Eudora Welty's love for flowers is explored in a new book.
L: Nancy R. Schiff/Reuters R: Bill Regan
In July of 1994, when I interviewed Eudora Welty at the home in Jackson, Mississippi where she had lived almost continuously since childhood, Welty expressed only one regret as she reflected on her life and work.
Welty, then 85 years old and in frail health, lamented that as her body had declined, her garden had declined along with it.
“The garden is gone,” she told me with a slight sigh in her drawling Southern voice. “It makes me ill to look at it.”
But what the celebrated matriarch of Southern letters didn’t know at the time – and what I didn’t know, either – was that help was just around the corner.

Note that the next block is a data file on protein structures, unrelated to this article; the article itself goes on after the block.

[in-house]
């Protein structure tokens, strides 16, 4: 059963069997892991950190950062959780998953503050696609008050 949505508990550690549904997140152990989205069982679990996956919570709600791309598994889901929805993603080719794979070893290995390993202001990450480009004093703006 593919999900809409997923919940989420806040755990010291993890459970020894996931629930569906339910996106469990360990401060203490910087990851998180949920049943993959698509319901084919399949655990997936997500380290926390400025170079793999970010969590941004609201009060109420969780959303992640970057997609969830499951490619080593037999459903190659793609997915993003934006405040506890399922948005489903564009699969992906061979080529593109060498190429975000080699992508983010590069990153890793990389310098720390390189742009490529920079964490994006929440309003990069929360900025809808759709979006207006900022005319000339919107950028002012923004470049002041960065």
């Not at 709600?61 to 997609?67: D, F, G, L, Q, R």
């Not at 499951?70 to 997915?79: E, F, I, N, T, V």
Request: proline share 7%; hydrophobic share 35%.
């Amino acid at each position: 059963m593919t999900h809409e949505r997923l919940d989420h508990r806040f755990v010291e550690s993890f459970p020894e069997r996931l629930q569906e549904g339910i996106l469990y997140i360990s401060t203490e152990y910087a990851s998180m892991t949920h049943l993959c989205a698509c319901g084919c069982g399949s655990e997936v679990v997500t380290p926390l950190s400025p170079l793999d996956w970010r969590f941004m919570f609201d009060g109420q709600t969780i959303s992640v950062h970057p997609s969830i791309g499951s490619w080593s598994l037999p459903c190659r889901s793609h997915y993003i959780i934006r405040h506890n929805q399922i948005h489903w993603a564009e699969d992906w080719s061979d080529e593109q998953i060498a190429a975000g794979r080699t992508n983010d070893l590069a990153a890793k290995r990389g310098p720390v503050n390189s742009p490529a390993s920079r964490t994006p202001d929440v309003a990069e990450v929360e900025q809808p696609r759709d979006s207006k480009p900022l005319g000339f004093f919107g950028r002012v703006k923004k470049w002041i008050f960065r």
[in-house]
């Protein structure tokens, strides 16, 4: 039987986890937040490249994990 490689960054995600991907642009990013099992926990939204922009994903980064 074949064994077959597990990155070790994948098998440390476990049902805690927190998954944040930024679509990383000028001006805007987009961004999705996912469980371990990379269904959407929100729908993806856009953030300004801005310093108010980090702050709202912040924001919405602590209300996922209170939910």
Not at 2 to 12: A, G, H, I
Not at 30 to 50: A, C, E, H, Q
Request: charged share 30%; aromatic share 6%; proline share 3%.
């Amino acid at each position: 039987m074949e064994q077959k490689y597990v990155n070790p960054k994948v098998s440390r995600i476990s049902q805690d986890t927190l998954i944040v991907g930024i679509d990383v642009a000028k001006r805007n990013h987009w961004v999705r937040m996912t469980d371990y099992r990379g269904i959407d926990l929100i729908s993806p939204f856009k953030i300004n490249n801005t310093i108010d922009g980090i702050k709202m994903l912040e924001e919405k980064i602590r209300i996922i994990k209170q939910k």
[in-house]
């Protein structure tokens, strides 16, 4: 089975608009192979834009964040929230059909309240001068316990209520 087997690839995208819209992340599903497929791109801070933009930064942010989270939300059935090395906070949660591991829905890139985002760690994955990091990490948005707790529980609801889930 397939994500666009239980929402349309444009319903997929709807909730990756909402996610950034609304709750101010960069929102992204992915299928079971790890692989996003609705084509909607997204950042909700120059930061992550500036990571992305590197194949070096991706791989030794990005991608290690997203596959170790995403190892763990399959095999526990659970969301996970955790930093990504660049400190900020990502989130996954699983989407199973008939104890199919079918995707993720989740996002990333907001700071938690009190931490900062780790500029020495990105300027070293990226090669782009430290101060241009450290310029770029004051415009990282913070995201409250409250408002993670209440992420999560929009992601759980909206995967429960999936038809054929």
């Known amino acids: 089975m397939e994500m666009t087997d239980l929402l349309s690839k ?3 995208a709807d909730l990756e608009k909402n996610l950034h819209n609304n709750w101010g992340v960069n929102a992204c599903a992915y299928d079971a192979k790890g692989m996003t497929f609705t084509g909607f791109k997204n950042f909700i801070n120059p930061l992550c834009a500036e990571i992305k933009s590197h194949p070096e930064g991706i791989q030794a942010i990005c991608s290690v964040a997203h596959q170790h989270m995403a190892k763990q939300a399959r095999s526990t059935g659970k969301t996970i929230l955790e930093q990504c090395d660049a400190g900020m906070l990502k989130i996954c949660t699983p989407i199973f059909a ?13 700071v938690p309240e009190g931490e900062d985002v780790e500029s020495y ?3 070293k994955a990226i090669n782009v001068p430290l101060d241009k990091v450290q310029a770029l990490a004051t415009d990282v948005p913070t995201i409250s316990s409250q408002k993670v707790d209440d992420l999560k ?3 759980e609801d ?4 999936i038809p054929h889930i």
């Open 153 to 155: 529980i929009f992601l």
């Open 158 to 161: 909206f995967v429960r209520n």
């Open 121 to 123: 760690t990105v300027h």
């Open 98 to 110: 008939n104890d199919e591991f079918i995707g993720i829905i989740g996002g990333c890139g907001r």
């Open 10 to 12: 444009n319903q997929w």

During the 1980s, Welty had donated her house to the Mississippi Department of Archives and History, with the understanding that the house would be turned into a museum after she died. In August of 1994, Susan Haltom, who worked at the department and had an interest in garden design, showed up at Welty’s doorstep along with other department employees. With the assistance of other volunteers, they offered to slowly restore the garden that Welty and her late mother had once tended to perfection, creating an Eden of daylilies, roses, nandinas, camellias, azaleas and other Southern horticultural favorites.
Welty was excited about the restoration plan, though impressed by the amount of work that Haltom and her team had ahead of them. “It would be like hell to do,” Welty said of the job.